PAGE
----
After going to the European Meeting in Strasbourg, I knew I had to go to Taizé community. I spent my last week in France there and I could not be happier that I did. I came home with a heart filled with love and the grace of God.
What is Taizé? It’s an ecumenical order of monks who take their name from the village the community is located within. Brothers are of all different Christian denominations. They promote Christian unity, peace between all people, and have missions in poor communities throughout the world where they live in solidarity with the people. Anyone is invited to stay in the community and share in the simple community life. One week from Sunday-Sunday is the typical length of a stay and the community is open almost year-round. Perhaps this quote of the founder, Brother Roger, taken from the Taizé website describes it best:
“Since my youth, I think that I have never lost the intuition that community life could be a sign that God is love, and love alone. Gradually the conviction took shape in me that it was essential to create a community with men determined to give their whole life and who would always try to understand one another and be reconciled, a community where kindness of heart and simplicity would be at the centre of everything.”
Brother Roger: “God is love alone”
I had the privilege of visiting Brother Roger’s room and learning more about his history (thank you Bobby for asking if I could join the Princeton Seminary group and thank you Brother Emile for obliging!). Brother Roger settled in Taizé at the beginning of WWII with a vision of peace and unity through reconciliation. Reconciliation for Brother Roger meant more than just forgiveness, also essential to him. It meant reconciling one’s beliefs in order to create unity. I do not pretend to be an expert on his vision and Brother Roger was often misunderstood, so he dedicated his life to trying to understand others. With the help of his sister, he provided refuge for people during the war. After the war, his sister helped to raise 17 war orphans, many of whom still live in the surrounding villages. Brother Roger was joined by more young men who shared his vision, and the community still thrives today. Brother Roger’s room is orange, perhaps his favorite color, and he used it to color the church in the community. Brother Roger felt that a community should be warm and inviting. Throughout history, the brothers have always been delegates of peace, sending brothers and volunteers to suffering areas of the world. While they have mainly played a background role, I personally hope for the community to gain better recognition so it may further shine as an example of peace for divided peoples. Taizé has great potential when it comes to building peace in the world.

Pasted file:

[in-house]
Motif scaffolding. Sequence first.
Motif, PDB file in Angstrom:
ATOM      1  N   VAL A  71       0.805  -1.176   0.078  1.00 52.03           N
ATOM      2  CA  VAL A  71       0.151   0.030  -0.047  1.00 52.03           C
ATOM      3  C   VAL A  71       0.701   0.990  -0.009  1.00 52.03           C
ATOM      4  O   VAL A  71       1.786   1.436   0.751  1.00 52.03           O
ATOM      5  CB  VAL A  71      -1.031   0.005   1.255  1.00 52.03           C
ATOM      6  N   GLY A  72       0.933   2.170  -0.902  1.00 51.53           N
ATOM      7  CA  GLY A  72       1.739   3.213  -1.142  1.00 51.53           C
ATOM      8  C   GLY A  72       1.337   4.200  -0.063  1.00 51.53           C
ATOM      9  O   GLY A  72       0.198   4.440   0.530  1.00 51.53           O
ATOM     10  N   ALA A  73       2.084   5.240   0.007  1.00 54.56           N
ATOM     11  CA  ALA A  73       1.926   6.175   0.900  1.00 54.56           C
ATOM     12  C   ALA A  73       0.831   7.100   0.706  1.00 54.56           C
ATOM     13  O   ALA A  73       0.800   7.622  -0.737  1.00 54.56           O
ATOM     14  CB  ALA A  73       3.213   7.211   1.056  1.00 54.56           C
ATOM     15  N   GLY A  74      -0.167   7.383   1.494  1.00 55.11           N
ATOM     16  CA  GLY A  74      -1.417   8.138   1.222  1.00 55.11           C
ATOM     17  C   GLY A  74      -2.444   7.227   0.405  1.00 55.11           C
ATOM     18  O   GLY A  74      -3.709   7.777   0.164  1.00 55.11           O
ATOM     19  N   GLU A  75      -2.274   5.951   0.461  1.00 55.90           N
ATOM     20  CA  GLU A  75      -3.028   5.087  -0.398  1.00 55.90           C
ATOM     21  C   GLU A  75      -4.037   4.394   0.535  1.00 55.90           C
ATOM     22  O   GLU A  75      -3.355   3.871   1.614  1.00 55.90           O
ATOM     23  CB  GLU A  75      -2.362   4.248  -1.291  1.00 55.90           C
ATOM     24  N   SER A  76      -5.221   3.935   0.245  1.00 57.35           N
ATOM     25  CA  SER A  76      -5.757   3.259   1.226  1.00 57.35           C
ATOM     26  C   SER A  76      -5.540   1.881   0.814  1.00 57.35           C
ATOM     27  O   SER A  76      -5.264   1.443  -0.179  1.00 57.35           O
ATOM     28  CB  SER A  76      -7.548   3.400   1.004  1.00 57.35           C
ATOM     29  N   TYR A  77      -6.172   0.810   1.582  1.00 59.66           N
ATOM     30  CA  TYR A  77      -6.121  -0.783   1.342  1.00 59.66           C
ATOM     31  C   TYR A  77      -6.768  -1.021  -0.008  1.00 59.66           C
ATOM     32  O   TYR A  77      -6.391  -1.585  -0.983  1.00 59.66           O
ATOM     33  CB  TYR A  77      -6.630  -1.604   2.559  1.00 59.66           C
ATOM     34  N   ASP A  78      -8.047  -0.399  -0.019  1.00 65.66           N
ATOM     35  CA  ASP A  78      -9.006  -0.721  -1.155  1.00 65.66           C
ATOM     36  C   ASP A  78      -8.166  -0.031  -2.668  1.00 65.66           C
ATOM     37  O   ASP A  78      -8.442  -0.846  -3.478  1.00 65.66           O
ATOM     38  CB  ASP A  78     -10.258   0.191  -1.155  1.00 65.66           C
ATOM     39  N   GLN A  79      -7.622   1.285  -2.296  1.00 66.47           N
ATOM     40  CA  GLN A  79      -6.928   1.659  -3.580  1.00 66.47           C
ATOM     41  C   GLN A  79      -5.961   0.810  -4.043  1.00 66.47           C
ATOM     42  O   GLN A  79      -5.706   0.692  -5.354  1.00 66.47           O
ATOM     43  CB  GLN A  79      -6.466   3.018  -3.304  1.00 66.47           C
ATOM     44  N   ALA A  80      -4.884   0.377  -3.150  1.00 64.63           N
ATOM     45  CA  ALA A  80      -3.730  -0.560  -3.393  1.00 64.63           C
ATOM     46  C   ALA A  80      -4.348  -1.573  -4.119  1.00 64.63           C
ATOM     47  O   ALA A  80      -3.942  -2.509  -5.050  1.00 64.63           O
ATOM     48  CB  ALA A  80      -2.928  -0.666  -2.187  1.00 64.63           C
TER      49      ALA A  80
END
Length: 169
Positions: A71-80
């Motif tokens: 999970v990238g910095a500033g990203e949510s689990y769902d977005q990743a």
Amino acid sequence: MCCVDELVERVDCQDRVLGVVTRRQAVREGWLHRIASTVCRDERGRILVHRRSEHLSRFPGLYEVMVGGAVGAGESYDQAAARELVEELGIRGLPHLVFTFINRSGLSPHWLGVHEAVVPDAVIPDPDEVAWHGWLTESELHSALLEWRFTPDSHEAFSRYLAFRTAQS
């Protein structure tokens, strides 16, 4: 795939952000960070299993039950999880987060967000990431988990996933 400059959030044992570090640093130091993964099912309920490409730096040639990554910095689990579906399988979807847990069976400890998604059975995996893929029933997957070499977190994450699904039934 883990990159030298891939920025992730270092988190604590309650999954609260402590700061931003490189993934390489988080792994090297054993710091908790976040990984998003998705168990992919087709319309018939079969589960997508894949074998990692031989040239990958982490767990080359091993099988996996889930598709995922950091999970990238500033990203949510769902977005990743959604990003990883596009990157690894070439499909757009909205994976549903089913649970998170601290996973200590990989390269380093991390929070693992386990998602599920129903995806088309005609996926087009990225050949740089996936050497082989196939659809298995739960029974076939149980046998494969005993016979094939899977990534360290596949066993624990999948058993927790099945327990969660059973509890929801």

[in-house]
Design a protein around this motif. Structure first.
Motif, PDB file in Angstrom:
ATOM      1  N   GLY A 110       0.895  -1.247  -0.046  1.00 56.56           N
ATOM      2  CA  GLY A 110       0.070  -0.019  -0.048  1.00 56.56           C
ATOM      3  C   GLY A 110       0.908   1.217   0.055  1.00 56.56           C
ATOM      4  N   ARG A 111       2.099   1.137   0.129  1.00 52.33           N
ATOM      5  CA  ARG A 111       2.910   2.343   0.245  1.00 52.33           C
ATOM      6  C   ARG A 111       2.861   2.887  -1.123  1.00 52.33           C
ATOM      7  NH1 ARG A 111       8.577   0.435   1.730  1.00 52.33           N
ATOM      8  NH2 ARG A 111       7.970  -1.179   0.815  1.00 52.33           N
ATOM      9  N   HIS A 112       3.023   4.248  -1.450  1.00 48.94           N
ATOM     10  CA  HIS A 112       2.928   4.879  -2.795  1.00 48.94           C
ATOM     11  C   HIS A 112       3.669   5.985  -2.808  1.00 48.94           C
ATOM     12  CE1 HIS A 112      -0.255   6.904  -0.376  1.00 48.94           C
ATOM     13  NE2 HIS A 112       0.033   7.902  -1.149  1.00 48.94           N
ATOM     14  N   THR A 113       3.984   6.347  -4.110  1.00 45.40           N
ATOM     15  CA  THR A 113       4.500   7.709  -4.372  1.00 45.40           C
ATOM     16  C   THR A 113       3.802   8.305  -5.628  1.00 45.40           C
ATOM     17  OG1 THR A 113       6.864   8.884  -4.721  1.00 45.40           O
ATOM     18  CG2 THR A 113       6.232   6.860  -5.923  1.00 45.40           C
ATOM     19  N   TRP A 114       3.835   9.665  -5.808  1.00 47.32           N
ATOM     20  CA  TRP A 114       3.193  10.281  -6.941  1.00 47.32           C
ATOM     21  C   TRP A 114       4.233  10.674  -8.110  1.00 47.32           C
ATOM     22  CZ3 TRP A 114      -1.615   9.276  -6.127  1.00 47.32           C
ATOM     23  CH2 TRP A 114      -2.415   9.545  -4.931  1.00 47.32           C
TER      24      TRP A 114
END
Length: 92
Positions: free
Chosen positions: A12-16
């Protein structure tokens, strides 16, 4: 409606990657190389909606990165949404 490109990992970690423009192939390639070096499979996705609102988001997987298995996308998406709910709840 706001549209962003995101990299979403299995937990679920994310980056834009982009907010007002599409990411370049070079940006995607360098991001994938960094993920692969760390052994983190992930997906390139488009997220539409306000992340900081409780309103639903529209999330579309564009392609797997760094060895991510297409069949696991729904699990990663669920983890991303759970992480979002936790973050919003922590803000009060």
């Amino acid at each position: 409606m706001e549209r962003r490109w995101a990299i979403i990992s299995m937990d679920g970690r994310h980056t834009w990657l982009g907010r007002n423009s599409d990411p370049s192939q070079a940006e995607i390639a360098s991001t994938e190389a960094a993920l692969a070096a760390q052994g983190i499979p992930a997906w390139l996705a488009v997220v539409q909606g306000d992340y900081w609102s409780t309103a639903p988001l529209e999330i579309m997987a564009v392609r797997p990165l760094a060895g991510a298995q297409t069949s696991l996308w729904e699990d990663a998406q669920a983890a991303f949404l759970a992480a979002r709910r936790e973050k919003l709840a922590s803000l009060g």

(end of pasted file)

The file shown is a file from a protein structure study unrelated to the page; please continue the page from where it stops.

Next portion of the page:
A typical day at Taizé consists of prayer three times a day with a time of silence. There is a bible study for those 19 and younger, 20-29, and 30+. In the afternoon, there are optional workshops. While I was at Taizé, a group from Transylvania did a workshop on theater for social inclusion and a group from Ukraine talked about their hopes for their country. Each person has a job; preparing food, distributing the meals, welcoming new arrivals, cleaning toilets, etc. I cleaned up after lunch, and then since I stayed an atypical Monday-Monday, I welcomed new arrivals in French and English on Sunday. There is the option to spend the week in silence for those who wish to do so. After evening prayer, many people gather to socialize at Oyak, the community café. Fridays, people are invited to pray around the Taizé cross.
Right after Christmas until right after New Year, the brothers and long stay volunteers organize the European Meeting, a Pilgrimage of Trust on Earth, in a European city. The brothers also organize Pilgrimages of Trust in other parts of the world. They have even sent brothers to North Korea and have ties with the North Korean Red Cross.
What is it about Taizé that brings so many young people under 30 (not to mention above 30) to rural France? The love in the community is tangible. You can feel God’s presence during the songs in the times of prayer, songs which come from the heart. You meet and befriend people from all over the world. It is incredible the bonds one can form in the span of a week. Perhaps it is the simplicity one finds. There is no wifi. Use of electronics is highly discouraged. Interacting with those around you is natural. Whatever it is that draws so many different people to Taizé, I can attest that it is strong and beautiful.